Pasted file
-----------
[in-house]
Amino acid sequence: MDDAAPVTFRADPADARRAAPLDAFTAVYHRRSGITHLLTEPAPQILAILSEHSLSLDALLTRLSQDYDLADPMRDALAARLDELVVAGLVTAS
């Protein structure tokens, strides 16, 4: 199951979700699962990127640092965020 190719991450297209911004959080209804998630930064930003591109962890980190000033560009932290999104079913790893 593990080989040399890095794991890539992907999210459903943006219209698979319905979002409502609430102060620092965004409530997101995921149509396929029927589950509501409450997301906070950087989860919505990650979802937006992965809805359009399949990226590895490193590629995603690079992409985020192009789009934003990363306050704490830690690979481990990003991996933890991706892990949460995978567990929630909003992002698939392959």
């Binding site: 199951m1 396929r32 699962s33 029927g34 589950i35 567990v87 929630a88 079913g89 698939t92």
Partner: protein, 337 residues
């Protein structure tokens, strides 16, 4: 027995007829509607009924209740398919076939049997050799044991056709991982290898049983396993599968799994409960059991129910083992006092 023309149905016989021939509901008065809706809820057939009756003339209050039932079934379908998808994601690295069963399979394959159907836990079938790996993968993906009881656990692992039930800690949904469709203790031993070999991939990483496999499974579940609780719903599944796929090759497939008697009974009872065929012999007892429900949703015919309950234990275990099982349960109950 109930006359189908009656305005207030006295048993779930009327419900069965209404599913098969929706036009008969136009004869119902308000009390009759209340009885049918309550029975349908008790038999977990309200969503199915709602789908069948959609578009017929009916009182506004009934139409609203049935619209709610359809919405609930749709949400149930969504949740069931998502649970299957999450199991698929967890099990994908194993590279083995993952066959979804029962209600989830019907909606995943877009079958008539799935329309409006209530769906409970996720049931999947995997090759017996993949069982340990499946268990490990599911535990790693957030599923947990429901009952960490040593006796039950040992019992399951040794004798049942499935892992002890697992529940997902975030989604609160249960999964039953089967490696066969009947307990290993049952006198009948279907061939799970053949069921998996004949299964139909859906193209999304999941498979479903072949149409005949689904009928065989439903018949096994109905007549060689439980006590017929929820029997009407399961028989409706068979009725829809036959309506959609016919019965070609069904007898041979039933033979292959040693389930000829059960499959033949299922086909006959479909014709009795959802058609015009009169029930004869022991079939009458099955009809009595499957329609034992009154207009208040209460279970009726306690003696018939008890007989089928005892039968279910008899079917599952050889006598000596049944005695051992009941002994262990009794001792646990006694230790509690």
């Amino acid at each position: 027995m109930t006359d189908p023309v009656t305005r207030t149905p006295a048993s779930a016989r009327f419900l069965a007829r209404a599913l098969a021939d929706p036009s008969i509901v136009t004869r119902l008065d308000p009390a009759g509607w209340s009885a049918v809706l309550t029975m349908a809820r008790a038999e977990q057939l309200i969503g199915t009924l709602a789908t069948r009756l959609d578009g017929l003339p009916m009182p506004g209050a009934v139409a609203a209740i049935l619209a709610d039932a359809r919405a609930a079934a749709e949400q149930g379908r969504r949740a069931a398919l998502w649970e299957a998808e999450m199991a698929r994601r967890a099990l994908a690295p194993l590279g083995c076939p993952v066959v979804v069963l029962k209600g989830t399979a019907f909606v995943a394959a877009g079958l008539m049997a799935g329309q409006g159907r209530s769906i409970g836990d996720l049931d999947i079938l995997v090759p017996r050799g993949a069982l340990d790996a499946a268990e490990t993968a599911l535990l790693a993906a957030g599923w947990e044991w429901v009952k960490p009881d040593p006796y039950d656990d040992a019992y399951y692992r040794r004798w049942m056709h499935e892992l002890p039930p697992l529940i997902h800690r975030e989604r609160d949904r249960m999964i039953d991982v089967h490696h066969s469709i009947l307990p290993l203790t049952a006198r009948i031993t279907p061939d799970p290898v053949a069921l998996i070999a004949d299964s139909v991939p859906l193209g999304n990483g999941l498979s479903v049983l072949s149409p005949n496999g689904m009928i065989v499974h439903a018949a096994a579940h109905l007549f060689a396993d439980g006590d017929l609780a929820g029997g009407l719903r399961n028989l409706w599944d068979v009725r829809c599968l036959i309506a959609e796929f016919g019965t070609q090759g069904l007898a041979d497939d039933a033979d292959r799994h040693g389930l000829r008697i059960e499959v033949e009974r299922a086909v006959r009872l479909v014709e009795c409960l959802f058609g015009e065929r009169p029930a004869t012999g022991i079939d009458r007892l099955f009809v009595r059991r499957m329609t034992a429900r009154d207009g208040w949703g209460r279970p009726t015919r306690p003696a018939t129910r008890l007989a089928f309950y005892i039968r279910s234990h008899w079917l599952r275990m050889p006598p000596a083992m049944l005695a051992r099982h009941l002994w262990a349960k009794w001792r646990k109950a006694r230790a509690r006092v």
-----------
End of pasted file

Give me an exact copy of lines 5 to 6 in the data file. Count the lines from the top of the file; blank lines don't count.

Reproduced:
Partner: protein, 337 residues
């Protein structure tokens, strides 16, 4: 027995007829509607009924209740398919076939049997050799044991056709991982290898049983396993599968799994409960059991129910083992006092 023309149905016989021939509901008065809706809820057939009756003339209050039932079934379908998808994601690295069963399979394959159907836990079938790996993968993906009881656990692992039930800690949904469709203790031993070999991939990483496999499974579940609780719903599944796929090759497939008697009974009872065929012999007892429900949703015919309950234990275990099982349960109950 109930006359189908009656305005207030006295048993779930009327419900069965209404599913098969929706036009008969136009004869119902308000009390009759209340009885049918309550029975349908008790038999977990309200969503199915709602789908069948959609578009017929009916009182506004009934139409609203049935619209709610359809919405609930749709949400149930969504949740069931998502649970299957999450199991698929967890099990994908194993590279083995993952066959979804029962209600989830019907909606995943877009079958008539799935329309409006209530769906409970996720049931999947995997090759017996993949069982340990499946268990490990599911535990790693957030599923947990429901009952960490040593006796039950040992019992399951040794004798049942499935892992002890697992529940997902975030989604609160249960999964039953089967490696066969009947307990290993049952006198009948279907061939799970053949069921998996004949299964139909859906193209999304999941498979479903072949149409005949689904009928065989439903018949096994109905007549060689439980006590017929929820029997009407399961028989409706068979009725829809036959309506959609016919019965070609069904007898041979039933033979292959040693389930000829059960499959033949299922086909006959479909014709009795959802058609015009009169029930004869022991079939009458099955009809009595499957329609034992009154207009208040209460279970009726306690003696018939008890007989089928005892039968279910008899079917599952050889006598000596049944005695051992009941002994262990009794001792646990006694230790509690």